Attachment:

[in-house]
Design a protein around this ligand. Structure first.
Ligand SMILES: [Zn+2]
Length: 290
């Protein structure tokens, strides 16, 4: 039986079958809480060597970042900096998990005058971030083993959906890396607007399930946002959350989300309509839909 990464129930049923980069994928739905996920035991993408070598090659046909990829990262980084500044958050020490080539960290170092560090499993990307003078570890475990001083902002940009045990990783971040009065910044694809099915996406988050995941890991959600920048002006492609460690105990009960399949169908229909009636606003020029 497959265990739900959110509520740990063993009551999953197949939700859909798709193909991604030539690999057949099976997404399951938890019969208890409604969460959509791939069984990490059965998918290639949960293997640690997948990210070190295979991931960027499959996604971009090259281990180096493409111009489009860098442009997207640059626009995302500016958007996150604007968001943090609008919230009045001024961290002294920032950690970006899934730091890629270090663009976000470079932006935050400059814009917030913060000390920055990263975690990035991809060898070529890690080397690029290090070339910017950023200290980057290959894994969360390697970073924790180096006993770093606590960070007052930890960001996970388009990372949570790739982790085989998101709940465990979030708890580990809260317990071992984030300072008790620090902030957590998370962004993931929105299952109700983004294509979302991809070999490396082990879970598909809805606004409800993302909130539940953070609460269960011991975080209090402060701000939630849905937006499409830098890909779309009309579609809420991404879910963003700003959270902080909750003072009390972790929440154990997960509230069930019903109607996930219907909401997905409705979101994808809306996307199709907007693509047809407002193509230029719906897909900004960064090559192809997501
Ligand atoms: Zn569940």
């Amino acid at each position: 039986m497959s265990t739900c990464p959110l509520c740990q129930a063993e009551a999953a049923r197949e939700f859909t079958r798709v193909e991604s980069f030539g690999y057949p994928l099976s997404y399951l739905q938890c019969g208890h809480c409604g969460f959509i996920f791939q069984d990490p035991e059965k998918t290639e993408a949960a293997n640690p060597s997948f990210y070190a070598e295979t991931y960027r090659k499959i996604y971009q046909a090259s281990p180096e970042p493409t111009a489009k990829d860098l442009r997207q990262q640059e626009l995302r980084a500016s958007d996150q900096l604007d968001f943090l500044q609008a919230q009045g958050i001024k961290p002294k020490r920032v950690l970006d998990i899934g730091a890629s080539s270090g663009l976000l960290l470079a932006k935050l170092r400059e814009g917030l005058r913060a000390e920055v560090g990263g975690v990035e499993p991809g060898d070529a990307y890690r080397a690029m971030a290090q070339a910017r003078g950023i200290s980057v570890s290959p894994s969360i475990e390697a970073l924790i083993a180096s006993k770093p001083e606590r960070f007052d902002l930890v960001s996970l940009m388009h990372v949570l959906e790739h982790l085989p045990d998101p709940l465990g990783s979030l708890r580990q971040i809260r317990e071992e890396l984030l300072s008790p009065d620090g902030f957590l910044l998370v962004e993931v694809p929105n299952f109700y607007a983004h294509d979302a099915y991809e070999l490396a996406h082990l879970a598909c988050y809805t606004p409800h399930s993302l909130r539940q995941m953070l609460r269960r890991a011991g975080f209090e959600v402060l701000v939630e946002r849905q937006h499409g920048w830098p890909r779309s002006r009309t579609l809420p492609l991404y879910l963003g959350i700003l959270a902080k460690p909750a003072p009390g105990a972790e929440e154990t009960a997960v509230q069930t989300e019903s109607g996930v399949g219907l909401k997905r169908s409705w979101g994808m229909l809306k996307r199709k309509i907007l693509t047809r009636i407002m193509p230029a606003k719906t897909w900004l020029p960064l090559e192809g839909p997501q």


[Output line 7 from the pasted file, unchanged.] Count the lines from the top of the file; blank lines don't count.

């Amino acid at each position: 039986m497959s265990t739900c990464p959110l509520c740990q129930a063993e009551a999953a049923r197949e939700f859909t079958r798709v193909e991604s980069f030539g690999y057949p994928l099976s997404y399951l739905q938890c019969g208890h809480c409604g969460f959509i996920f791939q069984d990490p035991e059965k998918t290639e993408a949960a293997n640690p060597s997948f990210y070190a070598e295979t991931y960027r090659k499959i996604y971009q046909a090259s281990p180096e970042p493409t111009a489009k990829d860098l442009r997207q990262q640059e626009l995302r980084a500016s958007d996150q900096l604007d968001f943090l500044q609008a919230q009045g958050i001024k961290p002294k020490r920032v950690l970006d998990i899934g730091a890629s080539s270090g663009l976000l960290l470079a932006k935050l170092r400059e814009g917030l005058r913060a000390e920055v560090g990263g975690v990035e499993p991809g060898d070529a990307y890690r080397a690029m971030a290090q070339a910017r003078g950023i200290s980057v570890s290959p894994s969360i475990e390697a970073l924790i083993a180096s006993k770093p001083e606590r960070f007052d902002l930890v960001s996970l940009m388009h990372v949570l959906e790739h982790l085989p045990d998101p709940l465990g990783s979030l708890r580990q971040i809260r317990e071992e890396l984030l300072s008790p009065d620090g902030f957590l910044l998370v962004e993931v694809p929105n299952f109700y607007a983004h294509d979302a099915y991809e070999l490396a996406h082990l879970a598909c988050y809805t606004p409800h399930s993302l909130r539940q995941m953070l609460r269960r890991a011991g975080f209090e959600v402060l701000v939630e946002r849905q937006h499409g920048w830098p890909r779309s002006r009309t579609l809420p492609l991404y879910l963003g959350i700003l959270a902080k460690p909750a003072p009390g105990a972790e929440e154990t009960a997960v509230q069930t989300e019903s109607g996930v399949g219907l909401k997905r169908s409705w979101g994808m229909l809306k996307r199709k309509i907007l693509t047809r009636i407002m193509p230029a606003k719906t897909w900004l020029p960064l090559e192809g839909p997501q």